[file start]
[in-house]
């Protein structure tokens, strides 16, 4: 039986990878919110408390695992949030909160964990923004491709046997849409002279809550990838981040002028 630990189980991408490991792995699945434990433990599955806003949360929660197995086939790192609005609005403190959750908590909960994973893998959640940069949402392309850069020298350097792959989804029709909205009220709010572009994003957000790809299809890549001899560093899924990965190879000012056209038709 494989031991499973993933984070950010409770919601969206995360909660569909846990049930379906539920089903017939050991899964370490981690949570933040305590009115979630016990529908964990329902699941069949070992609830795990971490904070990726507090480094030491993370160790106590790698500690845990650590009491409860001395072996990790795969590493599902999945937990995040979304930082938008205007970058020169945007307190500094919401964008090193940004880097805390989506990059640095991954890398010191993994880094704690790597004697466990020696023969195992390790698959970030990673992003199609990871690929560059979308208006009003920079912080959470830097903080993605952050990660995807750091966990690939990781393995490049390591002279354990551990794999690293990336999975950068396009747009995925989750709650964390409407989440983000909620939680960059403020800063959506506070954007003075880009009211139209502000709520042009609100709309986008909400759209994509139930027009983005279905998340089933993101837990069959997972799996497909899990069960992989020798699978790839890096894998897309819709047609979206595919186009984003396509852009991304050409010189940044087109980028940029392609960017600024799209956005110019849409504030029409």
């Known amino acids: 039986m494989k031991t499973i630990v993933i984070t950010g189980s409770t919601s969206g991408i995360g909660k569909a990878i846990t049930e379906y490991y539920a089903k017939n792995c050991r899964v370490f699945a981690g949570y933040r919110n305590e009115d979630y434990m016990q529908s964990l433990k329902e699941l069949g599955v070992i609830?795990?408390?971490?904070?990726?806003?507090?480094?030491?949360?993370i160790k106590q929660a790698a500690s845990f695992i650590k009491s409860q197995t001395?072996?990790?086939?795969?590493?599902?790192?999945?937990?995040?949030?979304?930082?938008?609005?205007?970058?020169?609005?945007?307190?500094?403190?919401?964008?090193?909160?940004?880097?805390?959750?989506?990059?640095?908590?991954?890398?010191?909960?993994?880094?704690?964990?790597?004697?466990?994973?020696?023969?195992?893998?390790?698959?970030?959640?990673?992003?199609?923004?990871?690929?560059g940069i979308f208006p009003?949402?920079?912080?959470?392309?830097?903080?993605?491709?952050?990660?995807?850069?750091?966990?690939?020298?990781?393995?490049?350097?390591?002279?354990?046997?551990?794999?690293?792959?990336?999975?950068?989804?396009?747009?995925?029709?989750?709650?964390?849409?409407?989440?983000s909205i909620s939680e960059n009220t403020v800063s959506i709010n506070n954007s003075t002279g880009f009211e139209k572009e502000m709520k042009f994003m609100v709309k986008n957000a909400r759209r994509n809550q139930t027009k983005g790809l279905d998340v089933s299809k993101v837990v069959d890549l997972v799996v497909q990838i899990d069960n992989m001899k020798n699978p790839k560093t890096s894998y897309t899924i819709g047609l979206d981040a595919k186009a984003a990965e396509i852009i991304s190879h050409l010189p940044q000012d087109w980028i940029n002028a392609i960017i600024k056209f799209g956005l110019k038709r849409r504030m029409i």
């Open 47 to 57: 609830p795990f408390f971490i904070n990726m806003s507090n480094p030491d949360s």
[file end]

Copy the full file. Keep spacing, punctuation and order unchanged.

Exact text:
[in-house]
């Protein structure tokens, strides 16, 4: 039986990878919110408390695992949030909160964990923004491709046997849409002279809550990838981040002028 630990189980991408490991792995699945434990433990599955806003949360929660197995086939790192609005609005403190959750908590909960994973893998959640940069949402392309850069020298350097792959989804029709909205009220709010572009994003957000790809299809890549001899560093899924990965190879000012056209038709 494989031991499973993933984070950010409770919601969206995360909660569909846990049930379906539920089903017939050991899964370490981690949570933040305590009115979630016990529908964990329902699941069949070992609830795990971490904070990726507090480094030491993370160790106590790698500690845990650590009491409860001395072996990790795969590493599902999945937990995040979304930082938008205007970058020169945007307190500094919401964008090193940004880097805390989506990059640095991954890398010191993994880094704690790597004697466990020696023969195992390790698959970030990673992003199609990871690929560059979308208006009003920079912080959470830097903080993605952050990660995807750091966990690939990781393995490049390591002279354990551990794999690293990336999975950068396009747009995925989750709650964390409407989440983000909620939680960059403020800063959506506070954007003075880009009211139209502000709520042009609100709309986008909400759209994509139930027009983005279905998340089933993101837990069959997972799996497909899990069960992989020798699978790839890096894998897309819709047609979206595919186009984003396509852009991304050409010189940044087109980028940029392609960017600024799209956005110019849409504030029409």
């Known amino acids: 039986m494989k031991t499973i630990v993933i984070t950010g189980s409770t919601s969206g991408i995360g909660k569909a990878i846990t049930e379906y490991y539920a089903k017939n792995c050991r899964v370490f699945a981690g949570y933040r919110n305590e009115d979630y434990m016990q529908s964990l433990k329902e699941l069949g599955v070992i609830?795990?408390?971490?904070?990726?806003?507090?480094?030491?949360?993370i160790k106590q929660a790698a500690s845990f695992i650590k009491s409860q197995t001395?072996?990790?086939?795969?590493?599902?790192?999945?937990?995040?949030?979304?930082?938008?609005?205007?970058?020169?609005?945007?307190?500094?403190?919401?964008?090193?909160?940004?880097?805390?959750?989506?990059?640095?908590?991954?890398?010191?909960?993994?880094?704690?964990?790597?004697?466990?994973?020696?023969?195992?893998?390790?698959?970030?959640?990673?992003?199609?923004?990871?690929?560059g940069i979308f208006p009003?949402?920079?912080?959470?392309?830097?903080?993605?491709?952050?990660?995807?850069?750091?966990?690939?020298?990781?393995?490049?350097?390591?002279?354990?046997?551990?794999?690293?792959?990336?999975?950068?989804?396009?747009?995925?029709?989750?709650?964390?849409?409407?989440?983000s909205i909620s939680e960059n009220t403020v800063s959506i709010n506070n954007s003075t002279g880009f009211e139209k572009e502000m709520k042009f994003m609100v709309k986008n957000a909400r759209r994509n809550q139930t027009k983005g790809l279905d998340v089933s299809k993101v837990v069959d890549l997972v799996v497909q990838i899990d069960n992989m001899k020798n699978p790839k560093t890096s894998y897309t899924i819709g047609l979206d981040a595919k186009a984003a990965e396509i852009i991304s190879h050409l010189p940044q000012d087109w980028i940029n002028a392609i960017i600024k056209f799209g956005l110019k038709r849409r504030m029409i």
């Open 47 to 57: 609830p795990f408390f971490i904070n990726m806003s507090n480094p030491d949360s």